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    Recruiter turned hero: Sergeant pulls woman from burning car

    RANDOLPH AIR FORCE BASE, TX, UNITED STATES

    04.01.2011

    Story by Staff Sgt. Hillary Stonemetz 

    HQ Air Force Recruiting Service

    RANDOLPH AIR FORCE BASE, Texas -- It was a typical Saturday night for one Air Force recruiter working a late-night marketing event. For a 43-year-old woman from Catasauqua, Pa., the recruiter's drive home turned out to be her lifeline.

    Staff Sgt. Joseph Maltese, an Air Force recruiter in Scranton, Pa., was returning home from the 2011 District Golden Gloves boxing tournament, March 19, when he drove onto the scene of a car accident. The woman had lost control of her vehicle about 11:30 p.m. and crashed into a tree, rendering her unconscious in a car with the front end engulfed in flames.

    While driving, Maltese, a three-year recruiting veteran, saw a man signaling for help alongside westbound Route 940. He immediately stopped to help. Michael Bubak, one of the first on the scene, and Maltese approached the burning vehicle, opened the driver's side door, cut the woman's seatbelt with a knife and pulled her out safely.

    Maltese said he was so "concerned with getting her out of the car before the fire moved into the cab of the car," that he didn't really think about what was going on.

    "Afterwards, I was like 'Wow, did this really just happen?'" he said.

    The woman's injuries were critical. By the time they moved her out of the car she had regained consciousness. Maltese said his Self-Aid Buddy Care training instinctively kicked in when rendering aid.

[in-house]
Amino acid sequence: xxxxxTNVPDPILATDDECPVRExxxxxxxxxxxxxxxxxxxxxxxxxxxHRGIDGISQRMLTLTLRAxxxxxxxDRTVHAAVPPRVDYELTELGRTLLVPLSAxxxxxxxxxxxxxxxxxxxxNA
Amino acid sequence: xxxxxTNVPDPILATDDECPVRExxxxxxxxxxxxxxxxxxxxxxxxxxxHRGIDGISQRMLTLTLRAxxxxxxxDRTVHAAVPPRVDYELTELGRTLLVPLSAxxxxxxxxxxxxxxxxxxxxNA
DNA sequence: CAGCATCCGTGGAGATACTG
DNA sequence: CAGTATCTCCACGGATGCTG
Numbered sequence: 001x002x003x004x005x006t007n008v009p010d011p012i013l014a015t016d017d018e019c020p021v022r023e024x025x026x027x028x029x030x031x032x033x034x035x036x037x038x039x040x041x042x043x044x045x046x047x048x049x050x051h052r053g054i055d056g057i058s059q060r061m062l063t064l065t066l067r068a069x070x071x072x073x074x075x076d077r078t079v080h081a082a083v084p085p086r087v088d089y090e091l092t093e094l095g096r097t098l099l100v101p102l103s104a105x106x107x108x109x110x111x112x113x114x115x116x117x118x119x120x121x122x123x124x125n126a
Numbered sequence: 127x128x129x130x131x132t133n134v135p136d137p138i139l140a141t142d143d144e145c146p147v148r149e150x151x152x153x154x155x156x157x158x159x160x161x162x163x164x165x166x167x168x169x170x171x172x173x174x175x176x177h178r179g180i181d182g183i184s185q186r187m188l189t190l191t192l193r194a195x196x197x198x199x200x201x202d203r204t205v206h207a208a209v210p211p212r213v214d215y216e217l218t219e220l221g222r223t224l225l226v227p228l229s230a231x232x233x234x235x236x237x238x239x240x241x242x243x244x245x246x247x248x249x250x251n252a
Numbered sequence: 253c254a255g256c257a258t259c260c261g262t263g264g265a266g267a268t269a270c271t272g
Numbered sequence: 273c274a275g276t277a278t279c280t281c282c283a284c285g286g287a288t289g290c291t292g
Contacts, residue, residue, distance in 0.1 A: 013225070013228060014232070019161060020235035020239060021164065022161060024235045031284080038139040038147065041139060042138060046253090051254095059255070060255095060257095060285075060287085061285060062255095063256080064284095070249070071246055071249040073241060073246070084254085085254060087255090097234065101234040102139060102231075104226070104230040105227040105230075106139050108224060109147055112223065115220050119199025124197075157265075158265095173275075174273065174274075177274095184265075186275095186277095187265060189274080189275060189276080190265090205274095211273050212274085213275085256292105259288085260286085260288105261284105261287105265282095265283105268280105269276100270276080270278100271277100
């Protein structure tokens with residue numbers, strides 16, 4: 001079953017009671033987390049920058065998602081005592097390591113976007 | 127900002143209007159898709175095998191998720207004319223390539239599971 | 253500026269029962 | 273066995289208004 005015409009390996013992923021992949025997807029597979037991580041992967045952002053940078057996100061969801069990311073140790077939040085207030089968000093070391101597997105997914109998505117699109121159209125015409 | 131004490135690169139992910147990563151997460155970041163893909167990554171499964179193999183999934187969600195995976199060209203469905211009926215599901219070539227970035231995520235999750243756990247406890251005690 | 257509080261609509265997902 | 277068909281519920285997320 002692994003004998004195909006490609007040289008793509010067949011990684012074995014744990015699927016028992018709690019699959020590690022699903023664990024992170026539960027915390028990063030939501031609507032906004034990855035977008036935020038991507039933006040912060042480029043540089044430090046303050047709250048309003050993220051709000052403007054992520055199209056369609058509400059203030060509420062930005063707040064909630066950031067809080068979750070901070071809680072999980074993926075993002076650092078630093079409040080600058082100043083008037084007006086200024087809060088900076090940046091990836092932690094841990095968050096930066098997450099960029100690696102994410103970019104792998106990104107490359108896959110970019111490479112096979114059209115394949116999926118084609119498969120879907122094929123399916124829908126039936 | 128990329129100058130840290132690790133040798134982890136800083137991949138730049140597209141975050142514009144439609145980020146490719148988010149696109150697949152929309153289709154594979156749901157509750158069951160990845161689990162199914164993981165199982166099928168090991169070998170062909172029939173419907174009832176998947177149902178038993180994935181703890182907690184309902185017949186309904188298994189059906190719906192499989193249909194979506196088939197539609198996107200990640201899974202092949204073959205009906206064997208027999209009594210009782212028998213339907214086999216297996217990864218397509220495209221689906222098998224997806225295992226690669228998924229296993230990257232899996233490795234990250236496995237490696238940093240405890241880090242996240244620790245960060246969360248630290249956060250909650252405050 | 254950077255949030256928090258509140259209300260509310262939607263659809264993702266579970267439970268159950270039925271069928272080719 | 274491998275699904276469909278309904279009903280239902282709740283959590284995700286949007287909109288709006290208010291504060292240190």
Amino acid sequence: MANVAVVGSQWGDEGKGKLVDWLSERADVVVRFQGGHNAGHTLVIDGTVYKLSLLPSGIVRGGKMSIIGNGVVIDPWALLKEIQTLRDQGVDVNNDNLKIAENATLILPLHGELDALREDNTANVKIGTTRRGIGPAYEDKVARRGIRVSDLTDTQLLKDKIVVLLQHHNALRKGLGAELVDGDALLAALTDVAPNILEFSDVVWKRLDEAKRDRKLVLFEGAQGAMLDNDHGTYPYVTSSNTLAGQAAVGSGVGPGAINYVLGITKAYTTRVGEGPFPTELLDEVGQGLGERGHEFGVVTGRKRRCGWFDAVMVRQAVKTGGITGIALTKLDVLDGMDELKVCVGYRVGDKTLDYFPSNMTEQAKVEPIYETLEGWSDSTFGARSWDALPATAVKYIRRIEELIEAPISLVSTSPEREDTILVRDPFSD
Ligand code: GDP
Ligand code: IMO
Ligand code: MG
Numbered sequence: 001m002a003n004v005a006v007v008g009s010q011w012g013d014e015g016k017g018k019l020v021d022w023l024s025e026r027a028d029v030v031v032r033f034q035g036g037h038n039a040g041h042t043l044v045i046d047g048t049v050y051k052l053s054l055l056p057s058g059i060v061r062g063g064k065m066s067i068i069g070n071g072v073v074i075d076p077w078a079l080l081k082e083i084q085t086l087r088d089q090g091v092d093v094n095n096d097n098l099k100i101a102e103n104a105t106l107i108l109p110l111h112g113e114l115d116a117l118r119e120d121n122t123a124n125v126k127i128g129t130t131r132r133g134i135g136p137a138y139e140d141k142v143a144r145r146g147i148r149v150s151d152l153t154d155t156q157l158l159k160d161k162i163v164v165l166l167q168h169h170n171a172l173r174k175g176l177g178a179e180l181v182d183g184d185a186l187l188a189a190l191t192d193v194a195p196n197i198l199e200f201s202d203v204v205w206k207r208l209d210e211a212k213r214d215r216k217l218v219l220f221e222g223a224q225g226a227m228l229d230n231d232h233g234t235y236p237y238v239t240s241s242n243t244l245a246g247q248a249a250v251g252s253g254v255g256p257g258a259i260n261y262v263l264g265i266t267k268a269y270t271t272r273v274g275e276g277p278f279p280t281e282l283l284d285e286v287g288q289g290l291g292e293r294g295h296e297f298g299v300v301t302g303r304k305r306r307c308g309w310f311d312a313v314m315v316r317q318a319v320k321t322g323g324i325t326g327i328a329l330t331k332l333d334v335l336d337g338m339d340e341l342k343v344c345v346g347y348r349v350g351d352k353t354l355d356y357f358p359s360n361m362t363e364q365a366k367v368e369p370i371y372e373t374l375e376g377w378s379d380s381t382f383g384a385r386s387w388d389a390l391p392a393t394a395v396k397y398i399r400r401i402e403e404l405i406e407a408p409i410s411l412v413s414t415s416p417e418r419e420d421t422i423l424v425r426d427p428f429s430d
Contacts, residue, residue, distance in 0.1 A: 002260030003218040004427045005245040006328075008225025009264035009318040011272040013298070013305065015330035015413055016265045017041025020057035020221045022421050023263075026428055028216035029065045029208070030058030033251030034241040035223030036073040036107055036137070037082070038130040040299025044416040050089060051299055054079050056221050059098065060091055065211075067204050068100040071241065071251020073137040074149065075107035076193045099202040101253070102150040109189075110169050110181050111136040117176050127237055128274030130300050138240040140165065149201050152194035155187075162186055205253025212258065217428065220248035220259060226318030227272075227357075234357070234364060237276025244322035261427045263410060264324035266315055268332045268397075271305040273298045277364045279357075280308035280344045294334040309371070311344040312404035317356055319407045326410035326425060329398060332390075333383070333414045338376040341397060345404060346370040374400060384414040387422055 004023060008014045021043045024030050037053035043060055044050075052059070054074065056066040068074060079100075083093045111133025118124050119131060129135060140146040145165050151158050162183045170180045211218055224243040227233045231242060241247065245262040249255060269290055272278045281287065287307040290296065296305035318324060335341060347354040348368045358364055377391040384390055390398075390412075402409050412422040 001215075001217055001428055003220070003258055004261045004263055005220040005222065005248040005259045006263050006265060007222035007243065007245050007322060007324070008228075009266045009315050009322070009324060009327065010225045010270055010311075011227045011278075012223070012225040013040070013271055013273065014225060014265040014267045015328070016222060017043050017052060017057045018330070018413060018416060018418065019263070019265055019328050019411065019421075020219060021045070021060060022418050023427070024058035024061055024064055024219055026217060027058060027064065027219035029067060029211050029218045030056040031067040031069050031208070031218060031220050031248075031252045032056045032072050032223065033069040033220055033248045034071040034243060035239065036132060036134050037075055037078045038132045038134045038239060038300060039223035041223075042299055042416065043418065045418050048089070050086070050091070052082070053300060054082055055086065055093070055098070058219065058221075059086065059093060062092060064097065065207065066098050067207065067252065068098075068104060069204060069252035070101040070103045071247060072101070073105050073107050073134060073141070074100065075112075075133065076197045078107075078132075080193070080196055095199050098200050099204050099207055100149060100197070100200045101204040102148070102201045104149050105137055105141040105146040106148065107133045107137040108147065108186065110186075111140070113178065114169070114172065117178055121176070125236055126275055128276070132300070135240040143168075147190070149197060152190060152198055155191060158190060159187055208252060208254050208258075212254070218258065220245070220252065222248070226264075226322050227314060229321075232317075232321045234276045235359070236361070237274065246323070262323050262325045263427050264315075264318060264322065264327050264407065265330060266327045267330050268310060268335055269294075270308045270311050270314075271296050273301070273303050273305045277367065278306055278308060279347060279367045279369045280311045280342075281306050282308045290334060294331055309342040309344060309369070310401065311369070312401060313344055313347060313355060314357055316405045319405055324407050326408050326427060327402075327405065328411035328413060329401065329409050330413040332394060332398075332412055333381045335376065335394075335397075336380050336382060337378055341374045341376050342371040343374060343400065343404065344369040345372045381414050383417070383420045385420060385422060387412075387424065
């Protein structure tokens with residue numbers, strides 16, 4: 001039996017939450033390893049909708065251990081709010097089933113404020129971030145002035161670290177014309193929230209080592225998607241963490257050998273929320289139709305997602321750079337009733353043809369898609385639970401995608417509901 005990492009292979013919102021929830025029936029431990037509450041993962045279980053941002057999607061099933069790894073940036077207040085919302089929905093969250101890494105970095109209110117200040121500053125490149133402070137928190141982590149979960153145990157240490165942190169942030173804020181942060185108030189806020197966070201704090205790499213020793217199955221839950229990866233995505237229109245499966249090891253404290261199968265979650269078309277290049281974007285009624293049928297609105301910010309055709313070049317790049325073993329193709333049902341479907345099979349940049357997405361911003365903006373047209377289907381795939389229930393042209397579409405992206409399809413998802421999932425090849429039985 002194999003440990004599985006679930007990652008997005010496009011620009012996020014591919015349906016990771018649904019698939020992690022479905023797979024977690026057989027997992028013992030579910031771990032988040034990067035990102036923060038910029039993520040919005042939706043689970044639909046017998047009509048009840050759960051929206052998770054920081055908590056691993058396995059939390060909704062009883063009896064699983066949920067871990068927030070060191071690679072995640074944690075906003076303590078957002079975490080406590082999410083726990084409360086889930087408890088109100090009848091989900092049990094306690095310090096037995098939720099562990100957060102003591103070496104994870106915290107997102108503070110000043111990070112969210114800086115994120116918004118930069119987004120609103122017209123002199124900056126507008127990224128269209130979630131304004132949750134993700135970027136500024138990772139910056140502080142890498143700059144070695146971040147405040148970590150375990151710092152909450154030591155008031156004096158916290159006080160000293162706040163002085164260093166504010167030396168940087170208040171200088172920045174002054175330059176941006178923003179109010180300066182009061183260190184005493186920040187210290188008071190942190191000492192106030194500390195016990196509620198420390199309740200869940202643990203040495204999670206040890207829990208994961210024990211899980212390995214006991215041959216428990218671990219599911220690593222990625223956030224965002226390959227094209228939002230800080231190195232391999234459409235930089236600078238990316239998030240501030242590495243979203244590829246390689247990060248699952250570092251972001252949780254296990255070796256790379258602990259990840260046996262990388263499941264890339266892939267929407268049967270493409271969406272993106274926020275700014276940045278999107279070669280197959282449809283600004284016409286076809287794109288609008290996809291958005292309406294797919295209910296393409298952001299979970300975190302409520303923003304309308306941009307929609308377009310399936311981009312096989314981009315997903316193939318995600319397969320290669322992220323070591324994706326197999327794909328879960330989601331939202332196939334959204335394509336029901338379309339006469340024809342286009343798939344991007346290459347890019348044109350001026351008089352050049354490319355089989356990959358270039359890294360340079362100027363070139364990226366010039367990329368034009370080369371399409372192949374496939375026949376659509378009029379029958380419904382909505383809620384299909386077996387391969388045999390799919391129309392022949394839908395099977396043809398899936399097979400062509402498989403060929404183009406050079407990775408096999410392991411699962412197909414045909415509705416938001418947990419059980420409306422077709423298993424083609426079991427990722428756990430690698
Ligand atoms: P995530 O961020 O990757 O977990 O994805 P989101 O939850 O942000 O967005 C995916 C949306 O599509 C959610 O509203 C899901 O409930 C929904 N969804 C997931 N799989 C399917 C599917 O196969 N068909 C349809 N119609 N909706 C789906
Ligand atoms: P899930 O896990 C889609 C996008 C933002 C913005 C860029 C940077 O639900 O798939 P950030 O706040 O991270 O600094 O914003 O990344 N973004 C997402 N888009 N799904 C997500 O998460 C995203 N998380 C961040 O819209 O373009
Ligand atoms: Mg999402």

"We used the two-man carry," he described. "I also checked her vitals and stabilized her head and neck with my hands, and continued to talk to her and keep her conscious until the EMS unit arrived."

    The recruiter added that he knew you're not supposed to move somebody who's been in an accident, but in this case, they didn't have a choice. As a result of Bubak's and Maltese's actions, the woman's life was saved.

    "In my almost 13 years in the Air Force, I never thought I would have to actually put the training that we get every year to use," said Maltese, who is assigned to the 314th Recruiting Squadron. Master Sgt. Juan Villarreal, Maltese's flight chief, said he was not surprised by what his recruiter had done.

    "Staff Sgt. Maltese is that kind of person," he said. "I was very proud of him when he called and told me. I believe he is a hero because anyone who sacrifices their personal welfare without hesitation for the safety of others is a hero."

    Maltese has a history of strong performance within Air Force Recruiting Service. He is currently the number one recruiter in the squadron production competition - exceeding his current recruiting goals by 158 percent.

    Lt. Col. Kevin O'Meara, 314 Recruiting Squadron commander, says he's "been a rock solid recruiter for the 314th."

    "Every day recruiters across the country work hard to help the best and brightest young people change their lives for the better," said Col. Cynthia Brown, 360th Recruiting Group commander. "I'm not surprised that Maltese put his life in jeopardy to save another person. His training and deployment experience kicked in and he reacted."

    "He is truly a hero and many people have Maltese to thank for the positive direction their lives have taken," she added.

    As for Maltese, he said this life-altering experience has made him a better person and helps him appreciate the little things life has to offer.

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    NEWS INFO

    Date Taken: 04.01.2011
    Date Posted: 04.13.2011 13:04
    Story ID: 68684
    Location: RANDOLPH AIR FORCE BASE, TX, US 

    Web Views: 35
    Downloads: 0

    PUBLIC DOMAIN